Oils tracked crude oil prices, which rose more than $1 to near $43 a barrel. BP, Royal Dutch Shell, BG Group, Tullow Oil, Repsol, Total and StatoilHydro added between 2.3 and 3.9 percent. Among banks, Standard Chartered Bank was up 7.5 percent, Barclays rose 2.8 percent and Commerzbank advanced 4.8 percent. But Credit Agricole fell 2.8 percent after it posted a fourth-quarter loss that was worse than analysts had forecast as France’s biggest retail bank suffered from writedowns at its Greek and investment banking operations.

Adidas shares rose 2.5 percent after the world’s second-biggest sporting goods maker posted better-than-expected fourth-quarter results. But the company said it expected sales and earnings to fall in 2009.

Holcim tumbled 10 percent to top percentage losers in Europe after the Swiss cement maker posted a worse-than-expected 54 percent drop in full year net profit and gave a gloomy outlook for 2009.

Adecco, the world’s largest staffing company, posted a surprise loss in the fourth quarter and said it saw no immediate improvement in business conditions, sending its stock down 7.8 percent.

Though they were higher on Wednesday, banks and insurance shares have been the worst hit so far this year, with the DJ Stoxx European banking index and the DJ Stoxx European insurance index down 33 and 35 percent year to date.

Across Europe, Britain’s FTSE gained 1.7 percent, Germany’s DAX rose 1.6 percent and France’s CAC 40 added 1.5 percent.

Oil Above $42, Eyes China Recovery, OPEC Cuts

U.S. crude oil futures jumped more than $1 towards $43 per barrel on Wednesday, supported by better economic news from China and expectations by some traders that OPEC oil producers may further cut output.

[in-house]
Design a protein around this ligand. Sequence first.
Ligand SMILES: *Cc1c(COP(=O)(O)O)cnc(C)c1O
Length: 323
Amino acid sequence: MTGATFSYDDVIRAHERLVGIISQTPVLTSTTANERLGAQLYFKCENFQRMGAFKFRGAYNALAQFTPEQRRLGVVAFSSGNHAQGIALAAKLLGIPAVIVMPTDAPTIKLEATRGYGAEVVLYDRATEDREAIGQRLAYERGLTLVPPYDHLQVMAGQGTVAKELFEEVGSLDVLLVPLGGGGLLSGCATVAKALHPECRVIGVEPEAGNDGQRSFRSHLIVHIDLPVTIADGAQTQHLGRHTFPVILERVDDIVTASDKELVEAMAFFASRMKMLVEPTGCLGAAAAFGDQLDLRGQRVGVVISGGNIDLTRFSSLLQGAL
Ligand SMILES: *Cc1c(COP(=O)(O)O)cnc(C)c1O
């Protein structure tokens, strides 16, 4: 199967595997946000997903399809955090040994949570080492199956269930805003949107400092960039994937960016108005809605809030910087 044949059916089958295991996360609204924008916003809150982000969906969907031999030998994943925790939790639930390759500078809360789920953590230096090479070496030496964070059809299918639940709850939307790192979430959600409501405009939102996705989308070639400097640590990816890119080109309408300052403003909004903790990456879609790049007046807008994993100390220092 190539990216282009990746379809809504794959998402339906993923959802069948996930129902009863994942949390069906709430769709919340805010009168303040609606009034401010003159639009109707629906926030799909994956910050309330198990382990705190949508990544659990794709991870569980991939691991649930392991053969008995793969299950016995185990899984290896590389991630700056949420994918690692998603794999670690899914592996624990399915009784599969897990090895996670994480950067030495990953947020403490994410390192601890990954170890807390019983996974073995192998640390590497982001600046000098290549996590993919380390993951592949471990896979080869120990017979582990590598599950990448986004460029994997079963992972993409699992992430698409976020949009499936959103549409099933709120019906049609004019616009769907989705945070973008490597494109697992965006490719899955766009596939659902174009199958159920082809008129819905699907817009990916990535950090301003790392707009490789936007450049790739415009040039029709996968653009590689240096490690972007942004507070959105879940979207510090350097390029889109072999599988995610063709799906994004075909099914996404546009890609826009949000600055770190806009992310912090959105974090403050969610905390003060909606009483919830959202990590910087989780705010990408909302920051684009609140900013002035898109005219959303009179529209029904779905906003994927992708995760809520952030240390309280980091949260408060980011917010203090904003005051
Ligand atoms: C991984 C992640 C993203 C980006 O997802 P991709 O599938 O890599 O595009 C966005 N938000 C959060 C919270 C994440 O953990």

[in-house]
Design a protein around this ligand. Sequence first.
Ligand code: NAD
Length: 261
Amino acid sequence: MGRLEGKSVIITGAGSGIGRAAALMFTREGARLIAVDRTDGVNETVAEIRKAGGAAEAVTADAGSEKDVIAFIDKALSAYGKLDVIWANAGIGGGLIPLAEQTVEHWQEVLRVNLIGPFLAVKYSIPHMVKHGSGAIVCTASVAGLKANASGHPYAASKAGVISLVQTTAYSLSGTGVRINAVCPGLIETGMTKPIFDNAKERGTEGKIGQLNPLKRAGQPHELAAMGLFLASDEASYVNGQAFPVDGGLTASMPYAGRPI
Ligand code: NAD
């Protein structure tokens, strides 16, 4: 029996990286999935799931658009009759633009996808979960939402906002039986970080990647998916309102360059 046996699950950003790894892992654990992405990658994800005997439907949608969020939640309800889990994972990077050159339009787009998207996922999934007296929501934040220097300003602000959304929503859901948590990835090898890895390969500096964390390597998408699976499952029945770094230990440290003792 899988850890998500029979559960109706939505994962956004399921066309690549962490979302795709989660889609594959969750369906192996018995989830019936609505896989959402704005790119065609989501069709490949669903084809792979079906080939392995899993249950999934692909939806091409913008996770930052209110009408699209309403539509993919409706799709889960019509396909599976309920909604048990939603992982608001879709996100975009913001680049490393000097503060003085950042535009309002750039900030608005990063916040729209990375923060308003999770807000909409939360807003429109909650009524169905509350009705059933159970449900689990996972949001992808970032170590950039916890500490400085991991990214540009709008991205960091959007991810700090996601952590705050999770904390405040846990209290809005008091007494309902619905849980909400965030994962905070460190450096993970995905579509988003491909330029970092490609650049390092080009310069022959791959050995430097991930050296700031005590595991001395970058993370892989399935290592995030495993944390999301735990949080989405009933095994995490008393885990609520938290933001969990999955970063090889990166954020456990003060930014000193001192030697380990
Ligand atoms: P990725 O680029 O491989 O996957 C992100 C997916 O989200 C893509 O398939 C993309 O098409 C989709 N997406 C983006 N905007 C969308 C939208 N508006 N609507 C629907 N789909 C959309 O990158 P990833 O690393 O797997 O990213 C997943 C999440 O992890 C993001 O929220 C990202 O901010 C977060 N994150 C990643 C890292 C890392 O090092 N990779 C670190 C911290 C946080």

The main gauge of China’s manufacturing sector, its purchasing managers’ index (PMI), rose in February, suggesting the country could be on the brink of economic recovery. China’s PMI index rose for the third month in a row last month as factories restocked in anticipation of an early revival in the economy despite deepening global gloom elsewhere.

US light, sweet crude [ 43.28    1.63  (+3.91%)] for April delivery rose to a high of $42.78, before slipping slightly, but was still higher on the day.

London Brent crude [ 44.61    0.91  (+2.08%)] rose.

Weekly inventory figures from the U.S. Energy Information Administration (EIA) due later on Wednesday, which will likely show rising crude stockpiles, could signal further weakness.

The 12-member producer group has already promised to reduce oil output by 4.2 million barrels per day (bpd) from production levels in September and a Reuters survey suggests OPEC members have already met at least 81 percent of their promised cuts.

Dollar Rises vs Yen as Market Stress Mounts

The dollar surged on Wednesday, closing in on 100 yen, as contracting Australian growth and concern about Japan’s economy heightened global financial stress, drawing investors to the highly liquid US unit. Broad dollar gains shook the euro to its lowest in more than three months, while yen weakness was amplified by the arrest of a close aide to Japan’s opposition leader in a fund-raising scandal that further clouded the political picture.